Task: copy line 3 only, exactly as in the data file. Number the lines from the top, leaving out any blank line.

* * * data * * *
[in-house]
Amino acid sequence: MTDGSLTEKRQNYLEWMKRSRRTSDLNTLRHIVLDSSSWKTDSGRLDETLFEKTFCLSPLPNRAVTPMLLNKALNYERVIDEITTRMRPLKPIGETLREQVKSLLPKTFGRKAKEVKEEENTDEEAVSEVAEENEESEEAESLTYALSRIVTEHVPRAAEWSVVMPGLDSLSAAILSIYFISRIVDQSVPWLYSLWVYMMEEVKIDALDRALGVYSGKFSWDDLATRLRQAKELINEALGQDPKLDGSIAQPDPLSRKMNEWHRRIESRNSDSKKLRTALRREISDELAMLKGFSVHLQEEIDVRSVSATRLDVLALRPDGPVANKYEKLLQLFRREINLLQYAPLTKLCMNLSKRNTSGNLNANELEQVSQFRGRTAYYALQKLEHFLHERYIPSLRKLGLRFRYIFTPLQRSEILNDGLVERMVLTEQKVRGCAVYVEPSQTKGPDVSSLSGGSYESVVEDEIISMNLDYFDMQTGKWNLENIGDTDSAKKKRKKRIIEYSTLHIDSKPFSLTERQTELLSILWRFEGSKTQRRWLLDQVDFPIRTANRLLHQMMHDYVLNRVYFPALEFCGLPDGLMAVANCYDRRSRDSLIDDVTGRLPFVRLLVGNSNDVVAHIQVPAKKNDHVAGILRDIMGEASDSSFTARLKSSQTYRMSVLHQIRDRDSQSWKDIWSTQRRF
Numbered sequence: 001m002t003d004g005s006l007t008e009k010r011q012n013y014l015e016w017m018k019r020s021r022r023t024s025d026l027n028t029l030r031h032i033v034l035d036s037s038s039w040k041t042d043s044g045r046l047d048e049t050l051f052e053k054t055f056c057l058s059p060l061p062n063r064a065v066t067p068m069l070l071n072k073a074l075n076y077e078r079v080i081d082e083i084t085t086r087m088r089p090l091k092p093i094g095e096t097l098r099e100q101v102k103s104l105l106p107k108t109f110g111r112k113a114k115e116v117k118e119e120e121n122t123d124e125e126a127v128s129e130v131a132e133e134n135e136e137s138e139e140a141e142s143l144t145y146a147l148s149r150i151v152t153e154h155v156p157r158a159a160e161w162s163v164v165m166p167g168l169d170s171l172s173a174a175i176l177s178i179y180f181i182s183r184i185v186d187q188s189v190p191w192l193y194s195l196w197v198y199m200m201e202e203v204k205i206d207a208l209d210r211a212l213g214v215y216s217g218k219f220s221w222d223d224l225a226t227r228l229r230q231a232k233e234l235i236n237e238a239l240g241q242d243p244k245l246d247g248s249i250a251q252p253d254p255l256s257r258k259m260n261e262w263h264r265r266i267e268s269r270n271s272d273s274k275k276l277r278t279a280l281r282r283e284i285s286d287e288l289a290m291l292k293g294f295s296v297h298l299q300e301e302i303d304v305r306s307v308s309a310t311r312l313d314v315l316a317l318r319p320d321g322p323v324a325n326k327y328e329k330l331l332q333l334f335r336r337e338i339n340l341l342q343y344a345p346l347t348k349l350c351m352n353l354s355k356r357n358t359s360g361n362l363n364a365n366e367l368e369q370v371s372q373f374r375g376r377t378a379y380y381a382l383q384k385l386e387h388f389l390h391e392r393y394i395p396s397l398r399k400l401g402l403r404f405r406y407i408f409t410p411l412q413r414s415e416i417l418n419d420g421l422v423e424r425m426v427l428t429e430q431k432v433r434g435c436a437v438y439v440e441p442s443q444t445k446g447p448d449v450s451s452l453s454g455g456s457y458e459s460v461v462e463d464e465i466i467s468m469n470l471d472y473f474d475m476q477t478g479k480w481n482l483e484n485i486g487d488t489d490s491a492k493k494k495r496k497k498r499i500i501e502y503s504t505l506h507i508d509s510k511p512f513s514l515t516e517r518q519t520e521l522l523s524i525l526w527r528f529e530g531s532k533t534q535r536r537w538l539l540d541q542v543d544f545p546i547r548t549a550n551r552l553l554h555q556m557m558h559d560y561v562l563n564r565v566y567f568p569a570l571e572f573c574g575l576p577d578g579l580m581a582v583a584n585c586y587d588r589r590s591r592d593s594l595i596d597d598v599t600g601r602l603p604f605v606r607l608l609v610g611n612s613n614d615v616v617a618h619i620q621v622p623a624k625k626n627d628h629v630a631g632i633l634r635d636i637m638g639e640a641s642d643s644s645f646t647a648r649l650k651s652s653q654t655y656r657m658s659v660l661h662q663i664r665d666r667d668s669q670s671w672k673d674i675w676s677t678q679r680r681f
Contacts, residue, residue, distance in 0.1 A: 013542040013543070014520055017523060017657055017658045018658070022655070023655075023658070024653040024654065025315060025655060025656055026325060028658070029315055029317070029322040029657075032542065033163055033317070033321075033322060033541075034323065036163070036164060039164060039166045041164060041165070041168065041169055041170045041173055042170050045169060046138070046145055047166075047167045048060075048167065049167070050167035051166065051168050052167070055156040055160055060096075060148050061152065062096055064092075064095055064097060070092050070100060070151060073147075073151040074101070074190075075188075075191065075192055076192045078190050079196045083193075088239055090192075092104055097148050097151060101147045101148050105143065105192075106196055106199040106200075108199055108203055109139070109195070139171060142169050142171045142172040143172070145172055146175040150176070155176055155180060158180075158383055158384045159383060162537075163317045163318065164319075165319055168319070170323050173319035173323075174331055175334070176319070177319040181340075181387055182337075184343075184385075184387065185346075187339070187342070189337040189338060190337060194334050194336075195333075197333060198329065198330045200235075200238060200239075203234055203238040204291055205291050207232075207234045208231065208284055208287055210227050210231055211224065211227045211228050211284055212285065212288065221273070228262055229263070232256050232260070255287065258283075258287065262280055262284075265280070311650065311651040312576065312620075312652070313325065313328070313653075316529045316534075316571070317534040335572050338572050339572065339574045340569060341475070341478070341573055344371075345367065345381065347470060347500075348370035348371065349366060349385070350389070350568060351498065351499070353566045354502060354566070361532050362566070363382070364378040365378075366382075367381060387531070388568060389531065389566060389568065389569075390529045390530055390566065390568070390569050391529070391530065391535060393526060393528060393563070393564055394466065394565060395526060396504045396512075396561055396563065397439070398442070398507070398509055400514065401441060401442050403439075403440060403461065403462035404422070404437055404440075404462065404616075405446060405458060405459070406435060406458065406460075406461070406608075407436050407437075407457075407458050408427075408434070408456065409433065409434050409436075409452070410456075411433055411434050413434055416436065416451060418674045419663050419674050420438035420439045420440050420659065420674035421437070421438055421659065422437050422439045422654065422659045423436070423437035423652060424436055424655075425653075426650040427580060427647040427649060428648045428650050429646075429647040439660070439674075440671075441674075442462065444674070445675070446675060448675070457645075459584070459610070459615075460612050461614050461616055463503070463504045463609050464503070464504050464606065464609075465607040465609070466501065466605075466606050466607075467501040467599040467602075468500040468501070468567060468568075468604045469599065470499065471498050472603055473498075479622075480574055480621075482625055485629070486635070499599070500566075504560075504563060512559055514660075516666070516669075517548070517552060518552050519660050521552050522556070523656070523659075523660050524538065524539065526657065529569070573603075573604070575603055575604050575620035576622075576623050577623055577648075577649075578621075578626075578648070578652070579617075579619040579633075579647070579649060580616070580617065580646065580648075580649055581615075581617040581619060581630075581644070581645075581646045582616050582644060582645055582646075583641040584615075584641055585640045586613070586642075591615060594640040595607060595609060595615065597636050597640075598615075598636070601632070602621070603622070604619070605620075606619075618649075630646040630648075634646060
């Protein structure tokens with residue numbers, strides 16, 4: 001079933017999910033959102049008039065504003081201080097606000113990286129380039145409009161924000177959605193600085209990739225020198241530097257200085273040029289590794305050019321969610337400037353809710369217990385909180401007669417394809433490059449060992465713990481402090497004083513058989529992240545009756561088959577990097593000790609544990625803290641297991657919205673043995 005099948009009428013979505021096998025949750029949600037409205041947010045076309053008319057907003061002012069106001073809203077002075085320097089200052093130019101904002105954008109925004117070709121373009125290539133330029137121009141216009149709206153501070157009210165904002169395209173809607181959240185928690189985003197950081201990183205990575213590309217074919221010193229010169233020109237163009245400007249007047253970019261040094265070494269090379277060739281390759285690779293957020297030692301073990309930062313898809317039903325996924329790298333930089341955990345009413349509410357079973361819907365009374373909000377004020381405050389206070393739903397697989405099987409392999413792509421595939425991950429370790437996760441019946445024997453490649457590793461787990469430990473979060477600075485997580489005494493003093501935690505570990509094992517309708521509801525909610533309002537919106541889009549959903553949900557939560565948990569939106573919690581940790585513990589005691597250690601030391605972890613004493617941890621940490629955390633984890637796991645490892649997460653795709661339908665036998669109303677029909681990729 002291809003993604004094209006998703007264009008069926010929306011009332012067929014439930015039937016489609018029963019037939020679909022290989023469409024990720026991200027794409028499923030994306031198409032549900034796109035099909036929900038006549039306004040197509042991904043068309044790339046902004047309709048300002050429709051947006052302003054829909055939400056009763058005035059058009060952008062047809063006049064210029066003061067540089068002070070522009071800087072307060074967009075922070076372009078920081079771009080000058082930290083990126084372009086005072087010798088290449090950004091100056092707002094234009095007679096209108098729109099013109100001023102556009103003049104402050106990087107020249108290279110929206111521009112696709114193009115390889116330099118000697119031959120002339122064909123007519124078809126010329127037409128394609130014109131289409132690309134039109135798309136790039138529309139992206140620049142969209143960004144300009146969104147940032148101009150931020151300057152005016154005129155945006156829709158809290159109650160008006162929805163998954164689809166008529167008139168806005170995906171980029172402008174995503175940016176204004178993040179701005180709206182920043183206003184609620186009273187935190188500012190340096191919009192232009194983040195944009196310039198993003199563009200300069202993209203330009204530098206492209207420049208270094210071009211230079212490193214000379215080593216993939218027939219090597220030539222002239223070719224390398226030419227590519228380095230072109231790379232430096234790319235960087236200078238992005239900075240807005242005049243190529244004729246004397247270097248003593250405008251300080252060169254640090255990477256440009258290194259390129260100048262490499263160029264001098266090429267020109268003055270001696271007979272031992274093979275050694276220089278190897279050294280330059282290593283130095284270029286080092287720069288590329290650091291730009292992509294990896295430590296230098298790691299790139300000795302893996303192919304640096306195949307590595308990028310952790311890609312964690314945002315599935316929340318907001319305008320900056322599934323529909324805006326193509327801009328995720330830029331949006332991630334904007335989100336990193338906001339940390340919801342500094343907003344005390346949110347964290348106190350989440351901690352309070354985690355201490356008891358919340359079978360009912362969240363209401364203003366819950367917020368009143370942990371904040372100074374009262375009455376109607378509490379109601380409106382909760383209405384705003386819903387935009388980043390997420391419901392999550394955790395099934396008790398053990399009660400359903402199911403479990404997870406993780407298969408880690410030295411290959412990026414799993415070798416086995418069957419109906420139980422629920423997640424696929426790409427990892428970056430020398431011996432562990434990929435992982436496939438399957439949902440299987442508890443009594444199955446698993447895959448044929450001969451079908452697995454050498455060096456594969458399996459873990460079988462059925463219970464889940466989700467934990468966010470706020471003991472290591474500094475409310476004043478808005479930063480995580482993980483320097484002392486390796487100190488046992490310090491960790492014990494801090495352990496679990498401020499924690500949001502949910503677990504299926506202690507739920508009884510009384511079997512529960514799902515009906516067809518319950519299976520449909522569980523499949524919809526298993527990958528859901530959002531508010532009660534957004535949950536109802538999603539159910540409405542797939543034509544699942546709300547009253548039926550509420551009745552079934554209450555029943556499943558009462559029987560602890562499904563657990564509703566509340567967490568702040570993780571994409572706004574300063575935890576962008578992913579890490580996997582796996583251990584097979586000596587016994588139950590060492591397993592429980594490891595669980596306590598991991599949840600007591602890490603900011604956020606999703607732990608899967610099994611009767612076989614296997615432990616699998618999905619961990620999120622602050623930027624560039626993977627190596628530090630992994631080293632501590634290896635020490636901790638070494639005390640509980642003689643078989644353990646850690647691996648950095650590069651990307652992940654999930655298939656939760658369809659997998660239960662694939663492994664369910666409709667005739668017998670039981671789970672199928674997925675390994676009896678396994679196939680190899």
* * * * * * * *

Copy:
Numbered sequence: 001m002t003d004g005s006l007t008e009k010r011q012n013y014l015e016w017m018k019r020s021r022r023t024s025d026l027n028t029l030r031h032i033v034l035d036s037s038s039w040k041t042d043s044g045r046l047d048e049t050l051f052e053k054t055f056c057l058s059p060l061p062n063r064a065v066t067p068m069l070l071n072k073a074l075n076y077e078r079v080i081d082e083i084t085t086r087m088r089p090l091k092p093i094g095e096t097l098r099e100q101v102k103s104l105l106p107k108t109f110g111r112k113a114k115e116v117k118e119e120e121n122t123d124e125e126a127v128s129e130v131a132e133e134n135e136e137s138e139e140a141e142s143l144t145y146a147l148s149r150i151v152t153e154h155v156p157r158a159a160e161w162s163v164v165m166p167g168l169d170s171l172s173a174a175i176l177s178i179y180f181i182s183r184i185v186d187q188s189v190p191w192l193y194s195l196w197v198y199m200m201e202e203v204k205i206d207a208l209d210r211a212l213g214v215y216s217g218k219f220s221w222d223d224l225a226t227r228l229r230q231a232k233e234l235i236n237e238a239l240g241q242d243p244k245l246d247g248s249i250a251q252p253d254p255l256s257r258k259m260n261e262w263h264r265r266i267e268s269r270n271s272d273s274k275k276l277r278t279a280l281r282r283e284i285s286d287e288l289a290m291l292k293g294f295s296v297h298l299q300e301e302i303d304v305r306s307v308s309a310t311r312l313d314v315l316a317l318r319p320d321g322p323v324a325n326k327y328e329k330l331l332q333l334f335r336r337e338i339n340l341l342q343y344a345p346l347t348k349l350c351m352n353l354s355k356r357n358t359s360g361n362l363n364a365n366e367l368e369q370v371s372q373f374r375g376r377t378a379y380y381a382l383q384k385l386e387h388f389l390h391e392r393y394i395p396s397l398r399k400l401g402l403r404f405r406y407i408f409t410p411l412q413r414s415e416i417l418n419d420g421l422v423e424r425m426v427l428t429e430q431k432v433r434g435c436a437v438y439v440e441p442s443q444t445k446g447p448d449v450s451s452l453s454g455g456s457y458e459s460v461v462e463d464e465i466i467s468m469n470l471d472y473f474d475m476q477t478g479k480w481n482l483e484n485i486g487d488t489d490s491a492k493k494k495r496k497k498r499i500i501e502y503s504t505l506h507i508d509s510k511p512f513s514l515t516e517r518q519t520e521l522l523s524i525l526w527r528f529e530g531s532k533t534q535r536r537w538l539l540d541q542v543d544f545p546i547r548t549a550n551r552l553l554h555q556m557m558h559d560y561v562l563n564r565v566y567f568p569a570l571e572f573c574g575l576p577d578g579l580m581a582v583a584n585c586y587d588r589r590s591r592d593s594l595i596d597d598v599t600g601r602l603p604f605v606r607l608l609v610g611n612s613n614d615v616v617a618h619i620q621v622p623a624k625k626n627d628h629v630a631g632i633l634r635d636i637m638g639e640a641s642d643s644s645f646t647a648r649l650k651s652s653q654t655y656r657m658s659v660l661h662q663i664r665d666r667d668s669q670s671w672k673d674i675w676s677t678q679r680r681f